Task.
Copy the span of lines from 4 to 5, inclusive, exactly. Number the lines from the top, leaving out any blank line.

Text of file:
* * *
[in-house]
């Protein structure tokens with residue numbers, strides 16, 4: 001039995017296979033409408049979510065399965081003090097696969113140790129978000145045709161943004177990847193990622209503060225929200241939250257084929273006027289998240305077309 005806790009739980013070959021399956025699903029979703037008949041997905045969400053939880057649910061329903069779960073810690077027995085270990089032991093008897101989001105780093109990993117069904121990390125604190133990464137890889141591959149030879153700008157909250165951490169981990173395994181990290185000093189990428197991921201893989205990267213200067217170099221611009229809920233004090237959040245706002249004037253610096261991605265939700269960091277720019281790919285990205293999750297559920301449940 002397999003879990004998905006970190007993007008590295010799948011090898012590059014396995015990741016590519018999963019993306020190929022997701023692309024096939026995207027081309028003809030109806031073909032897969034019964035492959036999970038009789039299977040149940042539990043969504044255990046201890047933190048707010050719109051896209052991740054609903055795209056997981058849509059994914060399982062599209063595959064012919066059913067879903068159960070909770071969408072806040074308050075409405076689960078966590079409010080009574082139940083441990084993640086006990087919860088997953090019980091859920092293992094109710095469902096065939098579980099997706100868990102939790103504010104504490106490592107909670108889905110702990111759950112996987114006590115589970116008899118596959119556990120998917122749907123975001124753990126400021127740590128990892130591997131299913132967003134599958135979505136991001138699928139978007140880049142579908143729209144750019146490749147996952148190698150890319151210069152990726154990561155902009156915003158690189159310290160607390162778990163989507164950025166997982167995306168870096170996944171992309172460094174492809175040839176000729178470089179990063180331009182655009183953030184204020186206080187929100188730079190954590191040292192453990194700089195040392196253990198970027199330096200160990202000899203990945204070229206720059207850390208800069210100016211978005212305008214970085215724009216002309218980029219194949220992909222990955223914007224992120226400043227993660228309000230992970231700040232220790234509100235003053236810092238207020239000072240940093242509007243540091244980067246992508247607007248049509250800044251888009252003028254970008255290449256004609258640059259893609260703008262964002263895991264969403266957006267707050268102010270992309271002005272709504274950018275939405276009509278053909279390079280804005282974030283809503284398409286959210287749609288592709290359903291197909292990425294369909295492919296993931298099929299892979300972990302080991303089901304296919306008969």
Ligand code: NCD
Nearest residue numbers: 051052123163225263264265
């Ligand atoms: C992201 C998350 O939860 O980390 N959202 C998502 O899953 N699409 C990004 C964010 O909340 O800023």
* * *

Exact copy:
Nearest residue numbers: 051052123163225263264265
């Ligand atoms: C992201 C998350 O939860 O980390 N959202 C998502 O899953 N699409 C990004 C964010 O909340 O800023």